How Personal Values And Beliefs Influenced The Black American Slave Narrative

1572 Words7 Pages
How Personal Values and Beliefs Influenced the Black American Slave Narrative: “Incidents in the Life of a Slave Girl” and Narrative of the Life of Frederick Douglass” Compared.
Throughout the abolition movement, both men and women slaves were trying to escape from slavery, and find their way to freedom in the North. Many of wrote their stories down. Some with the aid of ghost writers, and often under pseudonyms to protect their safety. These slave narratives spoke of the sufferings of the slave experience in America (Campbell 1). Because black men and black woman experienced slavery differently, they wrote about them differently. Those differences can be seen in a comparison of Frederick Douglass’s, Narrative of the Life of Frederick Douglass, An American Slave (1845), and of Harriet A. Jacobs, Incidents in the Life of a Slave Girl, Written by Herself (1861).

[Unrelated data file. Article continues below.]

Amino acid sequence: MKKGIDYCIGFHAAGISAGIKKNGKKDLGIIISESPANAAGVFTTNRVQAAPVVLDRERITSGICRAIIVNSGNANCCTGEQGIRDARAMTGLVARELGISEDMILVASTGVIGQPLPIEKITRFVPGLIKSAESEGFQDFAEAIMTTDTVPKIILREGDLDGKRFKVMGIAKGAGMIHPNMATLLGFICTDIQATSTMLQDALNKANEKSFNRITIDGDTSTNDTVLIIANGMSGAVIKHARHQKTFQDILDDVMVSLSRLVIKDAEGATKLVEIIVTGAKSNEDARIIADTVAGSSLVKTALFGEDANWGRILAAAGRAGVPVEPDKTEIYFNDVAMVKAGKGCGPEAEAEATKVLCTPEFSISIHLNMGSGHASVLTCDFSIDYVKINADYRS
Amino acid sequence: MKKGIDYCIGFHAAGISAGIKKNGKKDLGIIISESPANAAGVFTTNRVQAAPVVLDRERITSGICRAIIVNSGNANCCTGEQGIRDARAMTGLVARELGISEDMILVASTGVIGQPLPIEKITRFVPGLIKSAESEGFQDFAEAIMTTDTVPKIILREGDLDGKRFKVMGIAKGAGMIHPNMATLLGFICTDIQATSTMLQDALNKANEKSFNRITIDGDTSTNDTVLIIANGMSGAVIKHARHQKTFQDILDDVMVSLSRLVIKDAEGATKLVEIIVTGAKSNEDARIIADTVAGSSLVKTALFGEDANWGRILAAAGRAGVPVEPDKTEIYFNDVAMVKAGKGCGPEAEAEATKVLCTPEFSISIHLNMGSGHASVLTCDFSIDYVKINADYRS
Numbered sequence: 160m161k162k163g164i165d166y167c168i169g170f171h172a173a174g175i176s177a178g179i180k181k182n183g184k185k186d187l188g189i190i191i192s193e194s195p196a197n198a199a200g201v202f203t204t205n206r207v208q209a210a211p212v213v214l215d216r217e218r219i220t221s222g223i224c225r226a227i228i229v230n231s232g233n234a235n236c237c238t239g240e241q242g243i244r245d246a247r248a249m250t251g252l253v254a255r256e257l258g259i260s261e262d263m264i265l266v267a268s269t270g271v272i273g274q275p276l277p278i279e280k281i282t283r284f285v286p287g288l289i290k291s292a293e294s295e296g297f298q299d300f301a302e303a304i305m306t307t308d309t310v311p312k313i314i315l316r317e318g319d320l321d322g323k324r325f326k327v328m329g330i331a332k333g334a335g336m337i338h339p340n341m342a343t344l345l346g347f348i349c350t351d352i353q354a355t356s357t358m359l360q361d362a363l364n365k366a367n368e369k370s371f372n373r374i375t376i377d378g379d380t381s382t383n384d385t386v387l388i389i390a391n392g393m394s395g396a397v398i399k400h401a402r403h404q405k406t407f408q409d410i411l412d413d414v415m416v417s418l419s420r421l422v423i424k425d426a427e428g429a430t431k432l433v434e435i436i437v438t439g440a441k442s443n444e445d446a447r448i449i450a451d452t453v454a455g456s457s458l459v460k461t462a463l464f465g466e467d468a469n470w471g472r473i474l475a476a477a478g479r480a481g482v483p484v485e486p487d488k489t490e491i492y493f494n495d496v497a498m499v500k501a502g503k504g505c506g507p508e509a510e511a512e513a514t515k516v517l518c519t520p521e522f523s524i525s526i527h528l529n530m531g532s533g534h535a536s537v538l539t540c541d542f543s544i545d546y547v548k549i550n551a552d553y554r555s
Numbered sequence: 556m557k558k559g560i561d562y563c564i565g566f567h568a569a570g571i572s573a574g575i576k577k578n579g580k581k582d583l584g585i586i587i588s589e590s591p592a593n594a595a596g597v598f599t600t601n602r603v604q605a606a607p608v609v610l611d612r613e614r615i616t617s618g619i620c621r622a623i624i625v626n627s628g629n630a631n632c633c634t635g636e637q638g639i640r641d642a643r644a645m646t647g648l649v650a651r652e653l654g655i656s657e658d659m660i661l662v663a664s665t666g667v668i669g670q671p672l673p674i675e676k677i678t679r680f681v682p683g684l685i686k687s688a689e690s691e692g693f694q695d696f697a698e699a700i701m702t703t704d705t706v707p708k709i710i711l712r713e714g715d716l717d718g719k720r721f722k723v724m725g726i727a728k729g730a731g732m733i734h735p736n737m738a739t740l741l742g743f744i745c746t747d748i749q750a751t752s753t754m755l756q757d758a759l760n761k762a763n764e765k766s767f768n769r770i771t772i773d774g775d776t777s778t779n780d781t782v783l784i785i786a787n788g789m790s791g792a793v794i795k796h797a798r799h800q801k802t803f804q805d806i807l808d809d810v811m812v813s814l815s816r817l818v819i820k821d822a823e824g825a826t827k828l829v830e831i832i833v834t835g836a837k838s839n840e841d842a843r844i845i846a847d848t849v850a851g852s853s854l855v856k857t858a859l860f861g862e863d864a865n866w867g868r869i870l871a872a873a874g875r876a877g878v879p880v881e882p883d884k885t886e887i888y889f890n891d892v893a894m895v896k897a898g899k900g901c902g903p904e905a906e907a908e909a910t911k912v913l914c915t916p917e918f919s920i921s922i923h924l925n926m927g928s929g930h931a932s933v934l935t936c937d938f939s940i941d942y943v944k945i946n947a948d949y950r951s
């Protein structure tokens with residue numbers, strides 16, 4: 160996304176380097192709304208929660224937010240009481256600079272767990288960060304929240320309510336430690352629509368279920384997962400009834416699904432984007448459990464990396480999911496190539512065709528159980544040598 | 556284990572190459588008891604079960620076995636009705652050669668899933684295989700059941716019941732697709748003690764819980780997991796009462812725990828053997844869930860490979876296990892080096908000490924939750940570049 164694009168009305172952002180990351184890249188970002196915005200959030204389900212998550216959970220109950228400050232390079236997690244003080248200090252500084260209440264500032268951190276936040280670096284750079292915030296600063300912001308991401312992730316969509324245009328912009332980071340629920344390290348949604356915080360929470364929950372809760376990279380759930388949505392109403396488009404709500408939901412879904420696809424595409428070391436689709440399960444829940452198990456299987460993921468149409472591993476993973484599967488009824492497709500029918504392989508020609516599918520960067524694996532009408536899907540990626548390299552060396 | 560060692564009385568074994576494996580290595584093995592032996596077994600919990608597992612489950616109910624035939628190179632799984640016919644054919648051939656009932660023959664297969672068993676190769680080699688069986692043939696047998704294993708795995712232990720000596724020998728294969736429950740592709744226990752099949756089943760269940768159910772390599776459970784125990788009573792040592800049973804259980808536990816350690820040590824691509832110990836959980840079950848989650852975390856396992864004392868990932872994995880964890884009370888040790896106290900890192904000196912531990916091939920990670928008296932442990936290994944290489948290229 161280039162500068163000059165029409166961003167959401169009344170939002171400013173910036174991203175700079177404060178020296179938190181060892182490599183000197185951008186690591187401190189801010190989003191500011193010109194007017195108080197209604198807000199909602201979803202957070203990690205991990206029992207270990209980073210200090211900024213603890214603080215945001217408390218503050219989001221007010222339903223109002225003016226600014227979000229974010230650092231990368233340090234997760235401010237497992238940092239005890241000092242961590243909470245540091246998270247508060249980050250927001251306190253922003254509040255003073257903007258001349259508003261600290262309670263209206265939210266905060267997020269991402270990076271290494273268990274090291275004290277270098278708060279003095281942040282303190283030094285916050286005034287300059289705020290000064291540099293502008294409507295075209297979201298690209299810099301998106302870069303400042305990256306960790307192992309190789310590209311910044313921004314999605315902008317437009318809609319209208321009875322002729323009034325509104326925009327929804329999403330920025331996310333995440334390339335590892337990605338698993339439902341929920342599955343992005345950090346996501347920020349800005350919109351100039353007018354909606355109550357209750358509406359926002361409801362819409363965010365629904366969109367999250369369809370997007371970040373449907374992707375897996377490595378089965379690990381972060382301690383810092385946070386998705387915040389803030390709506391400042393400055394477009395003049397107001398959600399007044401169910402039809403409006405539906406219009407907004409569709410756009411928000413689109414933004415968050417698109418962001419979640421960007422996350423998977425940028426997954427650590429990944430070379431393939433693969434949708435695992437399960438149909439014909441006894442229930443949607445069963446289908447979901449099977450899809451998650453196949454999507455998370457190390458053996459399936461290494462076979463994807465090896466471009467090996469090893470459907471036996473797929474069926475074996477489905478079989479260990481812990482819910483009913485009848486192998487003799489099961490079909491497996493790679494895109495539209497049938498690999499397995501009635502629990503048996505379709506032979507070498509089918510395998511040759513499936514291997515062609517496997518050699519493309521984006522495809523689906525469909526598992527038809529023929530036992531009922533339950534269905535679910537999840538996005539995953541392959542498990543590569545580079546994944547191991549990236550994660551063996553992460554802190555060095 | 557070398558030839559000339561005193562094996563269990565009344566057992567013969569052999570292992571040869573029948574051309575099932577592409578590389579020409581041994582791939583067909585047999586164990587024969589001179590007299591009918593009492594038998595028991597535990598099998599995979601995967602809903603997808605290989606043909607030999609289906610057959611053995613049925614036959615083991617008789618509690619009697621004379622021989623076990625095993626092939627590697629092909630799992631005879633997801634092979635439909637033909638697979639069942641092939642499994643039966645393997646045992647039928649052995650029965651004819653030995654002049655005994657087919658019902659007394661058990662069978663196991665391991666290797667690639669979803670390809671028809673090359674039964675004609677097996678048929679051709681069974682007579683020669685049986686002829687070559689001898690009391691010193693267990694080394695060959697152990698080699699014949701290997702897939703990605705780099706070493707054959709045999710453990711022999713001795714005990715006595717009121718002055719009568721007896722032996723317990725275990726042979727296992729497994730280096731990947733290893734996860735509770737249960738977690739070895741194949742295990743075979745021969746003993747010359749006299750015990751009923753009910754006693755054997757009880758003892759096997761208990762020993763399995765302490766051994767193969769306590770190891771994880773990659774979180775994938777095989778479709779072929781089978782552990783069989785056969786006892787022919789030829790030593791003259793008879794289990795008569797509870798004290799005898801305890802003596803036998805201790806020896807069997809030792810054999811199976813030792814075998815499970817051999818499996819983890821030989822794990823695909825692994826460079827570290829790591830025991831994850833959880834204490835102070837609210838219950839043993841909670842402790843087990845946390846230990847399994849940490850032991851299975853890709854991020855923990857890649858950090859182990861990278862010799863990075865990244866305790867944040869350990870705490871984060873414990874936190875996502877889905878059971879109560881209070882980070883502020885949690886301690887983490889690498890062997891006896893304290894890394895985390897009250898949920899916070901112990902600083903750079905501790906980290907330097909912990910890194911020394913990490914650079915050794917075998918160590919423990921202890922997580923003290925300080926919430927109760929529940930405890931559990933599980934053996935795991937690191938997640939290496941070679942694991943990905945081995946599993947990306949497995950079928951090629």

Jacobs and Douglass have similar backgrounds. Both write of their experiences while enslaved, yet as their narratives are compared a distinction can be made between the core values and purposes between the two. Douglass’s audience is towards anyone who will listen, and underscores the brutal violence, and dehumanization of the American slave. Jacob’s views are more emotional and directed towards the upper class white woman whose sympathies she believes will align with her own as a mother and a woman.
Douglas writes, “You have seen how a man was made a slave; you shall see how a slave was made a man” (Douglass).
Get Access